There are many fierce rivalries in Gaelic football but Mayo v Monaghan isn’t one of them. I’ve just been looking over details of our meetings down the years (I haven’t done this for our other NFL opponents this year as I did the same exercise last year and all our matches up to now were against counties we’d played in 2009) and what’s immediately obvious is how little we’ve come across each other on the field of play over this extended period of time. We are, in truth, footballing strangers – two ships passing each other in the night. Does this mean we should really be playing this weekend’s match under lights?
As the table below shows, we’ve only met each other eleven times in the last sixty-odd years and, of course, we’ve yet to play each other while decked out in our finery in high summer when the stakes are really high. Ten of those matches were in the NFL (no surprise there) while the odd one out was our clash in the 1984 open draw Centenary Cup. We met in that one at Ballina in the second round and they beat us soundly – long, long before we began turning our noses up at the qualifiers, the short-lived open draw competition was one we never took to with any gusto – with all of our six points that day, five of them from frees, being scored by Aghamore’s Padraig Duffy.
That unhappy encounter was the second of seven meetings we had with them in the 1980s – we even met them twice in 1986 – with our Division 2 victory over them in Monaghan town in March 1981 being the first clash between us that I could find in the archive that now stretches back all the way to 1949. For all I know, that meeting 29 years ago could well be the first ever competitive scrap we had with them.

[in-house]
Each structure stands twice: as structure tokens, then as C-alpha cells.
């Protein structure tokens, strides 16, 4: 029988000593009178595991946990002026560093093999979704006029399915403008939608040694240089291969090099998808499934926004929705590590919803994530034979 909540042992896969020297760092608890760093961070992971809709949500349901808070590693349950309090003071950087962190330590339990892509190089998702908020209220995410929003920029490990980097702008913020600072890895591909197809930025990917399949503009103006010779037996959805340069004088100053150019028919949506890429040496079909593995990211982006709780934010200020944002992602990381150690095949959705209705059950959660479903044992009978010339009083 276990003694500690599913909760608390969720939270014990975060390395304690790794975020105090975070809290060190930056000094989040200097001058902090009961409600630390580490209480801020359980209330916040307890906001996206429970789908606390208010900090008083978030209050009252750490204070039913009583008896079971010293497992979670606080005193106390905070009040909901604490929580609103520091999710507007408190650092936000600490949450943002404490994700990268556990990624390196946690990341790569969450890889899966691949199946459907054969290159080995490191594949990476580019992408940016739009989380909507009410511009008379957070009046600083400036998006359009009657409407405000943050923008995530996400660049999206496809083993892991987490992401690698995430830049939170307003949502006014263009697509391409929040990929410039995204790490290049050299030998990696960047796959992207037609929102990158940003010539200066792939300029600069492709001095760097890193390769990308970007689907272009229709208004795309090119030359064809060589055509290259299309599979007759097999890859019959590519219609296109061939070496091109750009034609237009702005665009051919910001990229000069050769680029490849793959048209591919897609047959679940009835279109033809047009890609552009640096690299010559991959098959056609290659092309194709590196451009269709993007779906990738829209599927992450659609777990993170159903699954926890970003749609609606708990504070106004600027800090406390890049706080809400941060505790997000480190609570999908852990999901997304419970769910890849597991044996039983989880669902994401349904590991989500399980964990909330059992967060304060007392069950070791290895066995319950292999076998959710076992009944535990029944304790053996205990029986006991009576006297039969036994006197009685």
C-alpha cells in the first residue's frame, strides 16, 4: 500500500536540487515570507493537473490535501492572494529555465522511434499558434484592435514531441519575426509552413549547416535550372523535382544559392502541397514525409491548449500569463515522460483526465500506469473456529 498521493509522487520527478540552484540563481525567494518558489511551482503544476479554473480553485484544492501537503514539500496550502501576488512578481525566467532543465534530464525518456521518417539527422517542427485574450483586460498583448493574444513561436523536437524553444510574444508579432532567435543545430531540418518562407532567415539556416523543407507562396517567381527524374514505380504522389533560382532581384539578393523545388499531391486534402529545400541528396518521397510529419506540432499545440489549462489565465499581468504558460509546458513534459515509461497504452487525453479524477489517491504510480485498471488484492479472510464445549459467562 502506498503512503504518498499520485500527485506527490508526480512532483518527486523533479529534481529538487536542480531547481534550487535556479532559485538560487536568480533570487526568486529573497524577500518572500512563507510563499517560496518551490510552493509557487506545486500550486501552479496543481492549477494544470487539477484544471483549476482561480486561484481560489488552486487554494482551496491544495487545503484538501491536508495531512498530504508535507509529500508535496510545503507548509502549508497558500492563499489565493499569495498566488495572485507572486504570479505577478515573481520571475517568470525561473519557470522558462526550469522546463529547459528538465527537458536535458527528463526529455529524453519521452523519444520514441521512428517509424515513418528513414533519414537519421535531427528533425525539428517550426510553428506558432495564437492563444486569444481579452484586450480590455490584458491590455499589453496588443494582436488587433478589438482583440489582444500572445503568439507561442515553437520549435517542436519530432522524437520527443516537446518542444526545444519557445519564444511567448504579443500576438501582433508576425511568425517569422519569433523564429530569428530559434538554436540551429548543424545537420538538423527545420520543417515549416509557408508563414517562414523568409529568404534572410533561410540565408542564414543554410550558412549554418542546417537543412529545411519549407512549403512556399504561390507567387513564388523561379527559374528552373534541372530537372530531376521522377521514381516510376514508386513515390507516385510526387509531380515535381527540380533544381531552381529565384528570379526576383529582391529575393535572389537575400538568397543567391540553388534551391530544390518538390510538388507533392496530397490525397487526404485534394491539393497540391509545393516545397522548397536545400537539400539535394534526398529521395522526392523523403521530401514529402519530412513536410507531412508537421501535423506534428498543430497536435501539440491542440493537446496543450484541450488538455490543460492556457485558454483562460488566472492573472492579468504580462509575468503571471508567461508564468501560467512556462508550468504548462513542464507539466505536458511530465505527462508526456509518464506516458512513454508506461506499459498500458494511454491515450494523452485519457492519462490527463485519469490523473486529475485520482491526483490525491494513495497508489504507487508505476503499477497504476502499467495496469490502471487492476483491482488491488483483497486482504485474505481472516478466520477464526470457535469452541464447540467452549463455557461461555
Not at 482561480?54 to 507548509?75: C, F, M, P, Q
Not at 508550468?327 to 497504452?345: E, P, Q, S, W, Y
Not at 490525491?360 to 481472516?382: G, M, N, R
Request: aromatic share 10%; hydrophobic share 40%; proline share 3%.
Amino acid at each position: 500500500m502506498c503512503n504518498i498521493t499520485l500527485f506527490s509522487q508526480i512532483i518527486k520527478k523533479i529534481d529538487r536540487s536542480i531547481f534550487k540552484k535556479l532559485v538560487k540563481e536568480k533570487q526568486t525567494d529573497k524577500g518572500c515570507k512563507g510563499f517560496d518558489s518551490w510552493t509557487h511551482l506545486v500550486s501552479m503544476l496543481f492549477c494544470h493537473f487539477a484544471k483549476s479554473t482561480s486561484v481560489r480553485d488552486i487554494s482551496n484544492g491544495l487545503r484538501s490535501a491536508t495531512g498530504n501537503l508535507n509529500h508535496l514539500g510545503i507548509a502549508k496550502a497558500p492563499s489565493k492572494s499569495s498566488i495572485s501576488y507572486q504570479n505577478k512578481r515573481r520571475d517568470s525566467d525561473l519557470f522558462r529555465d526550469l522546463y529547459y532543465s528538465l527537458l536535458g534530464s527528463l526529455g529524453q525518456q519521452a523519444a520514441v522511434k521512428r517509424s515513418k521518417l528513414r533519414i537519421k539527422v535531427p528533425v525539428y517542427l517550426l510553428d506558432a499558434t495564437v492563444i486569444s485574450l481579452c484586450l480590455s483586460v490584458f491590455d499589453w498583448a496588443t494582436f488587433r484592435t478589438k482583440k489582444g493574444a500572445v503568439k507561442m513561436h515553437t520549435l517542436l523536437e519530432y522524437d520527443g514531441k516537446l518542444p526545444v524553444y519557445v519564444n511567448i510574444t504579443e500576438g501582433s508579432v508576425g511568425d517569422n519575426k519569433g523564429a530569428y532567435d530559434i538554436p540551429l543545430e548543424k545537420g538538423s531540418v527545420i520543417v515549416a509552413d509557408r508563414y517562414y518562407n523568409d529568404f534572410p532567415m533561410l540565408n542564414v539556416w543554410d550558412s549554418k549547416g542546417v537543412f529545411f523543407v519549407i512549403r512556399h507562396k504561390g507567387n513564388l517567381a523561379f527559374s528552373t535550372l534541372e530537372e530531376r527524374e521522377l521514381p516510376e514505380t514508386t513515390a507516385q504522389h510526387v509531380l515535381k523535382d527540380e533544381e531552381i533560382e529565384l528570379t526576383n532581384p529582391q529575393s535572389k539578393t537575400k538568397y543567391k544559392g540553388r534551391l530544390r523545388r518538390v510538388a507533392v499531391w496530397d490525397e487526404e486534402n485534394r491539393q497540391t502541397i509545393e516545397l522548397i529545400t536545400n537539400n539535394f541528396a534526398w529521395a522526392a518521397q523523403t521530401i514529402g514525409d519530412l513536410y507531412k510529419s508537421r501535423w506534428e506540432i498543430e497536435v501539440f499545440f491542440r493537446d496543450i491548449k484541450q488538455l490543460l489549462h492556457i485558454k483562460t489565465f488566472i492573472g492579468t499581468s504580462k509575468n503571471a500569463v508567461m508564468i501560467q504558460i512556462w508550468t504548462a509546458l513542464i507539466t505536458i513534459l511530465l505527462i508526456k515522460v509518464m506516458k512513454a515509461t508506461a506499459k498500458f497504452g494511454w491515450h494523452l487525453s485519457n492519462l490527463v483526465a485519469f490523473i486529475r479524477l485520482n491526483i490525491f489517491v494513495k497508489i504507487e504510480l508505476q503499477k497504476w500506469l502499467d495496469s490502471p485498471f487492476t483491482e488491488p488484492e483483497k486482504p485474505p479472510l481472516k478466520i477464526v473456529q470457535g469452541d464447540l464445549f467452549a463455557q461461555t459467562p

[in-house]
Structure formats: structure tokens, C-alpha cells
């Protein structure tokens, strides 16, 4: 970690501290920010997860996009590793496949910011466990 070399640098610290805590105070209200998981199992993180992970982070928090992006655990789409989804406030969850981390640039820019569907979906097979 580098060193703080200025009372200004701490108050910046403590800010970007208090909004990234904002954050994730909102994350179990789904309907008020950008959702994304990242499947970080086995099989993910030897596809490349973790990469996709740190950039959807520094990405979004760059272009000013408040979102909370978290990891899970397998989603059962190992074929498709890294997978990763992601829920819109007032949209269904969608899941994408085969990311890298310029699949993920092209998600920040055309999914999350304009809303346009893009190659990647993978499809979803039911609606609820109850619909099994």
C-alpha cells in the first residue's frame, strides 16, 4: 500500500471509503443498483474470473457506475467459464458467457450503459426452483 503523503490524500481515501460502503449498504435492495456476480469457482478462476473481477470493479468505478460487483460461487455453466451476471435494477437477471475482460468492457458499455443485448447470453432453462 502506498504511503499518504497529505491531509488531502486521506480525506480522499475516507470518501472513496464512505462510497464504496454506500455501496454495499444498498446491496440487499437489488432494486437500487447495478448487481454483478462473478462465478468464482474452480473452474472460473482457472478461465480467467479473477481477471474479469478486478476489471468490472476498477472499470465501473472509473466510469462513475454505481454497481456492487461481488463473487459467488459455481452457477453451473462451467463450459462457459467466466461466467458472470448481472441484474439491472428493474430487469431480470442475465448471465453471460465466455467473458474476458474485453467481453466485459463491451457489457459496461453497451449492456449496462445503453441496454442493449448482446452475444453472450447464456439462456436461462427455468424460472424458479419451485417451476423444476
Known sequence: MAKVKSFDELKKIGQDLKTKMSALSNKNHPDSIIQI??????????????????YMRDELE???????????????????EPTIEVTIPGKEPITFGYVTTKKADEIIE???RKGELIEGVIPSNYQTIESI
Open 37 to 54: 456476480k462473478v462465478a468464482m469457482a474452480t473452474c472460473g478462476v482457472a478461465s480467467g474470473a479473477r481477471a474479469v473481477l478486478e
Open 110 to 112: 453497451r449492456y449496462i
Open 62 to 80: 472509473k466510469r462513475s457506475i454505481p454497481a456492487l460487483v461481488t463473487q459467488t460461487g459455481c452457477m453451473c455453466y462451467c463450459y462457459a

While we drew first blood up in Kavanagh country that day, the Farney lads won three and drew the other one of the four susequent matches we had with them between 1984 and 1986. We were both on the up at that time – they drew with Kerry and we drew with Dublin in the 1985 All-Ireland semi-finals and while we both ended up losing our respective replays, we then came into direct confrontation at Croke Park in the NFL semi-final the following April. It was a match we should have won (one of many, amigos) but which we lost by a point and that was the game that resulted in the Western People’s Ivan Neill coming out with his famous mixed metaphor that if we continued to play this way, we would “always be the bride and never the groom”.
Although Monaghan went on to beat us by a point again later that year up in Contibret, that was the last time they got the better of us and we’ve held the whiphand on them ever since. We’ve won all six meetings since then, the latest of which also took place at Clontibret, this time in March 2006. I hadn’t started at this crack then but I was at that game, with The Brother and his lads, and I know the Spáilpín was there too because he wrote a piece about the game – here it is. It was a match we won comfortably enough, despite David Heaney’s early dismissal (which, incidentally, led to BJP operating at full-back for the first time), and it was clear then that we were teams that were headed in opposite directions. We made the league play-offs that spring – losing an ill-tempered semi-final to Galway – and ended up going all the way to the All-Ireland final whereas they were relegated from Division 1A and have only this year made it back to the top flight, although they’ve given the Kerrymen a few good rattles in the championship via the back door in the meantime.
As regards the stats, our record is one of seven wins, one draw and three losses. In the NFL, it’s seven wins, one draw and two losses and in NFL matches played at home, it’s two wins and a draw. At McHale Park, we’ve won one and drawn one. None of this matters a jot, of course, in attempting to divine how Sunday’s encounter will go, even if the bookies are solidly behind us as we seek to extend further our long winning run against the Farney lads.